With six successful Falcon 9 rocket landings under its belt, SpaceX wants to take reusability to the next step: refly a Dragon capsule. This will allow the company to focus its efforts on the next-generation Dragon that will transport crew and cargo.

During a presentation at the International Symposium for Personal and Commercial Spaceflight (ISPCS) this week, Benjamin Reed, director of commercial crew mission management at SpaceX, said the company is planning to fly a previously used Dragon spacecraft on its eleventh Commercial Resupply Services (CRS) mission (named CRS-11), which is on the books for sometime in early 2017.

SpaceX hopes to reduce the cost of spaceflight to make it more accessible. As such, the company designed the Dragon — and the Falcon 9 on which it flies — to be reusable.

However, according to its agreement with NASA, SpaceX is required to use a new Dragon each times it flies to the space station. By demonstrating to NASA that the vehicle can be safely reused, SpaceX hopes that NASA will change its view.

Reed said at the conference on Thursday the biggest hurdle is how to prevent salty seawater from entering the capsule when it splashes down into the Pacific’s corrosive salt water.

The SpaceX Dragon in the Pacific Ocean.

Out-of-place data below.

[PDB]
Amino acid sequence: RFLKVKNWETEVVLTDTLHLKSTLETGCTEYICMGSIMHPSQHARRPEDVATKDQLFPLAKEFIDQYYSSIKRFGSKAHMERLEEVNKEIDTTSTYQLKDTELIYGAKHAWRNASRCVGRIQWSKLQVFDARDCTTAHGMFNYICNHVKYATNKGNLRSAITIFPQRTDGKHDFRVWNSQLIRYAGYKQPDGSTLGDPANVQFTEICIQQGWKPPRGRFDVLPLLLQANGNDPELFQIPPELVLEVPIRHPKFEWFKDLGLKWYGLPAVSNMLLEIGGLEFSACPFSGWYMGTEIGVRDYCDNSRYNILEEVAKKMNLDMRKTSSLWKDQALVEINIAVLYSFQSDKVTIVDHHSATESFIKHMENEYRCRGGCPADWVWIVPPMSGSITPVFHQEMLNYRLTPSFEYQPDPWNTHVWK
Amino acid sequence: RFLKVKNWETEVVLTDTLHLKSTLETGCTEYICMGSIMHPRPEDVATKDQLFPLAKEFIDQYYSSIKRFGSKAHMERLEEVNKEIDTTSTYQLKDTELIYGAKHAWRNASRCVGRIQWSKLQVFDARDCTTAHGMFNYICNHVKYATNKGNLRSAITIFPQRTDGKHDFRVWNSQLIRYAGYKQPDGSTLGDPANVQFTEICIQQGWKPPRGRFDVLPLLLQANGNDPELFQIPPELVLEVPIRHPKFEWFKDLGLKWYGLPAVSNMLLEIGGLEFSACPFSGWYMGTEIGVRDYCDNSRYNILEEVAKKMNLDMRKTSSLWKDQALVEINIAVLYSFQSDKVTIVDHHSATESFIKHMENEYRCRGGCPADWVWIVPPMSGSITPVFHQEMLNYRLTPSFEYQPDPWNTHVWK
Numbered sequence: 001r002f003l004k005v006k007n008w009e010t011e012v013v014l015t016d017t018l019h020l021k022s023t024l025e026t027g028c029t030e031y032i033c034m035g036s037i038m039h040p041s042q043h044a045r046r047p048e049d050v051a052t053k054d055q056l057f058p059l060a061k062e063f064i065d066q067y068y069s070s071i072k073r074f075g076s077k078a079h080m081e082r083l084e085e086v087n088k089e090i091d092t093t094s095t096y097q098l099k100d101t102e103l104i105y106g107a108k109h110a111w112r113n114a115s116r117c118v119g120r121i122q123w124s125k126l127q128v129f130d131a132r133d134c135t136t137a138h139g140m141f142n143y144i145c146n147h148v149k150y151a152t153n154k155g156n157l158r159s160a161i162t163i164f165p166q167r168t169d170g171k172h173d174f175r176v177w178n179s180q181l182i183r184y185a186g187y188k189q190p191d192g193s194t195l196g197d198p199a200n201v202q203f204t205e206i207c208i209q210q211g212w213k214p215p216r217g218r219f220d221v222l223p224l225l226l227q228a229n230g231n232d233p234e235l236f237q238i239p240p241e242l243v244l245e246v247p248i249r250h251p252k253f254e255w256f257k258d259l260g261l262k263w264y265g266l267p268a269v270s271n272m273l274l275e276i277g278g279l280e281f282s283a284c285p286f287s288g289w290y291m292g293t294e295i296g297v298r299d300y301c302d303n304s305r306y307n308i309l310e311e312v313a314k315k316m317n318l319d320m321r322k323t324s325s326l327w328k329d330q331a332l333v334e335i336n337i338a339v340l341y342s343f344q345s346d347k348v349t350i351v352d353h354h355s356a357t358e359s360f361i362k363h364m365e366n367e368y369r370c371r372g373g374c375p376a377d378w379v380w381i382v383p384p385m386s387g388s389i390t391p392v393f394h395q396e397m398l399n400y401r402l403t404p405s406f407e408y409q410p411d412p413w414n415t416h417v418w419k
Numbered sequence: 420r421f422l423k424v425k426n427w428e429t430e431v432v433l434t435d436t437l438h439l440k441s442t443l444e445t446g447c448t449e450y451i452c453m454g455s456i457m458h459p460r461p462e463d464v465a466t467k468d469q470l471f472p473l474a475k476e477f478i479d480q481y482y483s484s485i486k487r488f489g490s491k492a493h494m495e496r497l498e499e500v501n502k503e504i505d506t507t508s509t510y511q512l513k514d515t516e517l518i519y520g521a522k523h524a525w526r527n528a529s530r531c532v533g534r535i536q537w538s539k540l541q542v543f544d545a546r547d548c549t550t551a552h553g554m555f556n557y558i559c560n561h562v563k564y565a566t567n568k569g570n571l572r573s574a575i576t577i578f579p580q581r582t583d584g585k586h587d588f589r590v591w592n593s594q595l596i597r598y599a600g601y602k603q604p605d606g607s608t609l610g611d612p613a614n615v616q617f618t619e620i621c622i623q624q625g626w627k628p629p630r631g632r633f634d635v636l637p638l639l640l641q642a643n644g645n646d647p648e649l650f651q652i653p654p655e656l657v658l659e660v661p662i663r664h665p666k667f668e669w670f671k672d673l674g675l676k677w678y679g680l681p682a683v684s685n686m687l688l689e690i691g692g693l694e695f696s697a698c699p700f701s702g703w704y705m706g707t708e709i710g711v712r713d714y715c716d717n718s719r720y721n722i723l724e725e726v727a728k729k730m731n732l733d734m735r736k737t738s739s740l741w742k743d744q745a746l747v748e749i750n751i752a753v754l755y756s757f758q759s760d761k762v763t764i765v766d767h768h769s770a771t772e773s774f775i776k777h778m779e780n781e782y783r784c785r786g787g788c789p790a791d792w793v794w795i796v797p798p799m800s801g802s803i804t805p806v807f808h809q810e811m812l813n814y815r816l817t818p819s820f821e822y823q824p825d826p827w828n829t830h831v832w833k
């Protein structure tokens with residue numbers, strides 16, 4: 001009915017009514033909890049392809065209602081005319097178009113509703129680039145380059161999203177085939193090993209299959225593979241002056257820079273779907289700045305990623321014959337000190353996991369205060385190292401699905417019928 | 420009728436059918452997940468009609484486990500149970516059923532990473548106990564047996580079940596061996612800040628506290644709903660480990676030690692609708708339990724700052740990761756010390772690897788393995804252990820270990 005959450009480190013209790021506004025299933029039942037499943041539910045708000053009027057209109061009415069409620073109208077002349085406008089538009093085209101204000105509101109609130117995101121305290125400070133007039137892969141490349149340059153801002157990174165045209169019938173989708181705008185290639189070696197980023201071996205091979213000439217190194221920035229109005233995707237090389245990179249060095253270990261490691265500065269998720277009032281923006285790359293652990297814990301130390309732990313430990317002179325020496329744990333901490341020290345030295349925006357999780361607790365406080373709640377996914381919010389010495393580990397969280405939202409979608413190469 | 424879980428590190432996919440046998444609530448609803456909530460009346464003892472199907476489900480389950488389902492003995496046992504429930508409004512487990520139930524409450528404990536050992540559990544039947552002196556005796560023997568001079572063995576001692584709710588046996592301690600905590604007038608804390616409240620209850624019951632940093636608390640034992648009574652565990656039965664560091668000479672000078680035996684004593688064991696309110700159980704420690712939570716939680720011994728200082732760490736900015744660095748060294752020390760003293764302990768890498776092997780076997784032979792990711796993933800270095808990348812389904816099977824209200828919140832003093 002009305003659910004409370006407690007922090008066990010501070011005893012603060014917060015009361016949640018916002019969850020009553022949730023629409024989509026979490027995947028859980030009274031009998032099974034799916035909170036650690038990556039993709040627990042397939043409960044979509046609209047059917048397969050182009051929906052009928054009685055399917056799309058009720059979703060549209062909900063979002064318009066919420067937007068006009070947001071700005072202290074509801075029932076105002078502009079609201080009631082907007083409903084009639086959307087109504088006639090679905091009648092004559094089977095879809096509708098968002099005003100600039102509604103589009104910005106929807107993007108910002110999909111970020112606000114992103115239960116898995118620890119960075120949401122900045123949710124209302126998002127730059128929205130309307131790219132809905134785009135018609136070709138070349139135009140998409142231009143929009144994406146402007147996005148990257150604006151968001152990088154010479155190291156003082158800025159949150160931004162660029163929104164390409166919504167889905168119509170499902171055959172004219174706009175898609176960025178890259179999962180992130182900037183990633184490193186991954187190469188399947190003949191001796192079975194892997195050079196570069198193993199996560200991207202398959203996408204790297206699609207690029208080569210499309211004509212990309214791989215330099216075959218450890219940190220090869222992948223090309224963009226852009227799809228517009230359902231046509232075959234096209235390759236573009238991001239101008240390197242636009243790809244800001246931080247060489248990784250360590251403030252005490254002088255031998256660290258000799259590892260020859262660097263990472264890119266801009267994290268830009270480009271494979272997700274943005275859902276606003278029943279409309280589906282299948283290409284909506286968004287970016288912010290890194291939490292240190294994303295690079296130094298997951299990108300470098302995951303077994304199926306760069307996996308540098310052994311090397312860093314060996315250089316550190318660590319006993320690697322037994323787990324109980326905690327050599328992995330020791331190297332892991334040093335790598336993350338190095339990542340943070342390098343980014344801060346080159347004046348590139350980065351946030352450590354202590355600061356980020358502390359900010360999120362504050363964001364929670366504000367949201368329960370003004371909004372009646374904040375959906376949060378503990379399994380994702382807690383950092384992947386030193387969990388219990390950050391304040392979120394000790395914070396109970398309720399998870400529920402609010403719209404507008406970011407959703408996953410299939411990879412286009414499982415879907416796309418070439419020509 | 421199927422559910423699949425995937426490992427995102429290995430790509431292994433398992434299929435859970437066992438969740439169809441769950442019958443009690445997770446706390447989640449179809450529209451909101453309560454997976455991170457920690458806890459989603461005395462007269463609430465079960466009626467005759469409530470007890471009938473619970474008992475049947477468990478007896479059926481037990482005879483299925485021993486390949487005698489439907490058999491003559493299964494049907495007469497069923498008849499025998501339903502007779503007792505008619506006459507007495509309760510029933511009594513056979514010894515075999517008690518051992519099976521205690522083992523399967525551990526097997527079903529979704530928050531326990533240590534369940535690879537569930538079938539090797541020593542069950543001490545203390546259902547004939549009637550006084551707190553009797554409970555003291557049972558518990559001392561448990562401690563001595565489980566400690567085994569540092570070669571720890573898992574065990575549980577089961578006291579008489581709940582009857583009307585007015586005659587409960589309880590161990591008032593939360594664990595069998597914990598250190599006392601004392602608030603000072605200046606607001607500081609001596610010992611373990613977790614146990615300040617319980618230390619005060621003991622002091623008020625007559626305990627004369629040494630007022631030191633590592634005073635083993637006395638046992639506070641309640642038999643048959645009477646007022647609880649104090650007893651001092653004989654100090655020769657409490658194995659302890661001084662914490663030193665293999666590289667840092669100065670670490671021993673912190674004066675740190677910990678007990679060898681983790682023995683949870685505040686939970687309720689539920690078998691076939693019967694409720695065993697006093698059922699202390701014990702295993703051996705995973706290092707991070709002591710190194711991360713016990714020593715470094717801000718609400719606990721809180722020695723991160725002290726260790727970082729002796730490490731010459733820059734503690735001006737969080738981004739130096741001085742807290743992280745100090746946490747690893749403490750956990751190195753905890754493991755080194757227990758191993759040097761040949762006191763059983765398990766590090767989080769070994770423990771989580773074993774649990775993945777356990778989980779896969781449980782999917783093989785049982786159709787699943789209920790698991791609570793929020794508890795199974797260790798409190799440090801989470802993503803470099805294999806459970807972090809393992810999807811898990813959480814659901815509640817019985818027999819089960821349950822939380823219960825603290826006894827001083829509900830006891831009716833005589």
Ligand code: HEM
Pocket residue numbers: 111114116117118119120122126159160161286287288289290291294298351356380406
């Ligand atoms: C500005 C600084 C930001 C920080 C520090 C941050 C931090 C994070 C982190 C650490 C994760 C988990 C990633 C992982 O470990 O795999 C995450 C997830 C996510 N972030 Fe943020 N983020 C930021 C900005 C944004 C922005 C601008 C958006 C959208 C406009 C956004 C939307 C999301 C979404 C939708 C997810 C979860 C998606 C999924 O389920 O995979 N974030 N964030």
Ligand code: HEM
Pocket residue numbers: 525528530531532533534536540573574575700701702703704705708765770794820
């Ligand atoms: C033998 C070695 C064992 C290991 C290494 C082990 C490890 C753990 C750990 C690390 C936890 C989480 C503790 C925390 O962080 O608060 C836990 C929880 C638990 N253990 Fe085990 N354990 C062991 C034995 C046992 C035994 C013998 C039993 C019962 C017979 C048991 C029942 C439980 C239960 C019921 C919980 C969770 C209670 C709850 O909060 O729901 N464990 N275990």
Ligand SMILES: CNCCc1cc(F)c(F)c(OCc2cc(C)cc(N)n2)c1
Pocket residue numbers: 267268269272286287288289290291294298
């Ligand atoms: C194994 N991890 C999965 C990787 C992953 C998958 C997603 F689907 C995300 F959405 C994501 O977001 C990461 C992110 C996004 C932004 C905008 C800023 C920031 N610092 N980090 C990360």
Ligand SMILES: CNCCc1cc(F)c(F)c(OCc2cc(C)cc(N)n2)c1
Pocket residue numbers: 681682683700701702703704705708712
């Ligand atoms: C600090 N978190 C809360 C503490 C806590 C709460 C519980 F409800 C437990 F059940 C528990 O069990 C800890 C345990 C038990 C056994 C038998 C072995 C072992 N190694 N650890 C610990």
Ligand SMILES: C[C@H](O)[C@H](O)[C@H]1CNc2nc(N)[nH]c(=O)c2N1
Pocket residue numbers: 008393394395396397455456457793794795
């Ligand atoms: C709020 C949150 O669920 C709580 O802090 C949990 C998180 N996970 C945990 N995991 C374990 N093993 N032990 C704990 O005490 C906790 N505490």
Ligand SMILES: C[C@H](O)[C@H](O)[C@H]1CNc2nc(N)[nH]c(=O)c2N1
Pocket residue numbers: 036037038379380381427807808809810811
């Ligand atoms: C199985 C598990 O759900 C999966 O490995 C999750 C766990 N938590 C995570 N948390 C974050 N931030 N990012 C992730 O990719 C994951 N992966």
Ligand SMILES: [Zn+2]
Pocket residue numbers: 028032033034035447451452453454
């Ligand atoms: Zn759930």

The SpaceX Dragon in the Pacific Ocean in 2012 after the very first SpaceX trip to the ISS.

SpaceX launched its latest resupply mission on July 18, and is contracted to use the cargo-only version of Dragon through the end of its current CRS contract. The company has not released how many times each spacecraft can be reflown or even the number of vehicles available to reuse.

But if SpaceX can convince NASA that reflying the spacecraft is safe, it can stop manufacturing the cargo vessel and focus its attention on the Dragon 2 variant, which can carry crew and cargo.

SpaceX has a little time to convince NASA as CRS-11 isn’t scheduled to launch until 2017. However, before that can happen, the company needs to determine what caused a Falcon 9 rocket to explode on the pad on September 1.

Photos via SpaceX